Mornings with TED


The Mornings with TED ILR series was developed in order to give students the opportunity to discuss and share their ideas on a broad range of topics via the inspirational talks of some of “the world’s most fascinating thinkers and doers”. In each session, students will view a TED Talk video, followed discussion of the topic. In the fall session we will explore the future and take some time to ask the big “What IF” questions.


  • TED Mission: Spreading Ideas
  • TED Conference was founded in 1984
  • “TED Talks” videos launched online in 2006 to share the conference with the world
  • Every second, 17 people watch a TED Talk
  • TED Talks are one of the most used tools in university classrooms around the world.
  • The annual $1M dollar TED Prize provides funding for A Wish to Inspire the World.
  • Read more about TED here:

    What Mornings with TED isn't.

    What Mornings with TED isn’t.

Mornings with TED Discussion Rules:
• Be respectful of all participants at all times.
• Give everyone a chance to speak.
• Keep it relevant.
• Please leave your party at the door.

You are invited and encouraged to continue your discussion online after class!
The comments section will remain open until the end of the course series, allowing you to continue sharing your thoughts, ideas, and questions. If you have any questions about the online forum, please email the moderator, Matt Bernota, at

  • Do you have any comments about last week’s session?
  • Are there any articles, etc. that would provide further information on any of the TED
    talks this term?

10 Comments on “Mornings with TED

  1. I am recommending the following for your consideration based on past and future talks: Daniel Gilbert, STUMBLING ON HAPPINESS (2006),and Yuval Noah Harari, HOMO DEUS (2017) deals with how the future could look based on current developments in various disciples.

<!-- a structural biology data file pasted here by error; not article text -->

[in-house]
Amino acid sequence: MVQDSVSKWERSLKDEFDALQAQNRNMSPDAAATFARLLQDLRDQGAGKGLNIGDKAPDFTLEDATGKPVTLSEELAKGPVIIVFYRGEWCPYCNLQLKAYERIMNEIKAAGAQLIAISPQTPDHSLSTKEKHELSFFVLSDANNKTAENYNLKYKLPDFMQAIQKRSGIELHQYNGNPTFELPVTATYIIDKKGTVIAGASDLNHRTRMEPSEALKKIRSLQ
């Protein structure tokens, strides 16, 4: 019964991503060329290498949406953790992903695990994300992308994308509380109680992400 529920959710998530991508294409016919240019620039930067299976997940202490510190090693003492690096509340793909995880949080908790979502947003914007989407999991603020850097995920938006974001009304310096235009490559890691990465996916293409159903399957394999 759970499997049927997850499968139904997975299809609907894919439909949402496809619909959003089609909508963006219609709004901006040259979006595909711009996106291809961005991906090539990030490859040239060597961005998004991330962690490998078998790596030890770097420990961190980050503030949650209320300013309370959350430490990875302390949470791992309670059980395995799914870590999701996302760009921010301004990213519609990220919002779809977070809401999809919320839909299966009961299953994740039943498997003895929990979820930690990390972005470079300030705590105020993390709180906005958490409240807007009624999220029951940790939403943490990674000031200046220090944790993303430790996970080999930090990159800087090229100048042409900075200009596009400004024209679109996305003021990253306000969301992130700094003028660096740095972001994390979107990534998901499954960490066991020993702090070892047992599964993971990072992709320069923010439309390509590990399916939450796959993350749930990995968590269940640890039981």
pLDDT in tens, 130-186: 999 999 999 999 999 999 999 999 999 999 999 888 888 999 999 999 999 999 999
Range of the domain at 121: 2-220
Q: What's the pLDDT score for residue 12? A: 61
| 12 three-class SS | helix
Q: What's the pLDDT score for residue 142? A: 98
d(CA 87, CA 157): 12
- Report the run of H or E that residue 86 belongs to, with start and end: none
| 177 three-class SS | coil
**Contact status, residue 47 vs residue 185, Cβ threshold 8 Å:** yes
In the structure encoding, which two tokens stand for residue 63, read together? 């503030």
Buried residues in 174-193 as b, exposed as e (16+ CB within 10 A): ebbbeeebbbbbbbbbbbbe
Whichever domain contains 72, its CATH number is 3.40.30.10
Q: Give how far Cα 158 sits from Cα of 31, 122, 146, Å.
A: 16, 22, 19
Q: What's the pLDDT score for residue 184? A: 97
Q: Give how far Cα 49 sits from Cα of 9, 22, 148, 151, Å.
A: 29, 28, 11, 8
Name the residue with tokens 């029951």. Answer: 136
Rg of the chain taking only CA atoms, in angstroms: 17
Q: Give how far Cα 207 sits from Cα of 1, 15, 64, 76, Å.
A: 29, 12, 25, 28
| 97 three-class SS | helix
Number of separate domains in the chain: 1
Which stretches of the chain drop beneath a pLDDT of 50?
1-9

Articles on the recent developments in CRISPER technology are popping up on a regular basis. Google it.

  2. Hi Everyone,
    The Schultz and Summers editorial in the Washington Post , The Inevitable Climate Solution, appeared Tuesday , the first day of our class; and authors said the solution needed to “appeal to the general public , corporate America, and leaders in both parties.” Glad to read that and in light of my insistence that only a plan with involvement of both parties e.g. progressives/democrats would work.

  3. Even earthworms learn: Why can’t the Climate Leadership Council whose membership comprises eight white men and no members of progressive/democrats’ parties. Seems like we have to start from scratch and reinvent wheel everytime we turn around! I get weary. Does anyone else?

  4. A fun with love statement: Place the word “ONLY” anywhere in the sentence that follows: She told him that she loved him. See, women do have words and words have power and change their meanings depending on how you use them.

  5. As a follow up to today’s session I am adding the other TED talks of
    Helen Fisher below:
    “The Brain in Love” (2008)
    “Technology Hasn’t Changed Love” (2016)
    Both can be found on as can all of the talks we use.

    Our next class is on Tuesday, July 11

  6. CRISPER followup. New book by one of the developers of the CRISPER technology,
    Jennifer Doudna, A CRACK IN CREATION, is out (reviewed in “Outlook ” section of the Wash Post (7/2/2017). Her student, Samuel Steinberg, co-authors the work.

  7. As a follow up to the A. I. talk, I am recommending an additional TED talk by Stuart Russell, …Creating a safer A. I.

  8. There are a number of TED talks on Artificial Intelligence. Use the search box on the TED website

  9. There is an informative news article on another advance in CRISPER technology in the Wash Post 8/3/17 This tech is advancing at a significant rate.

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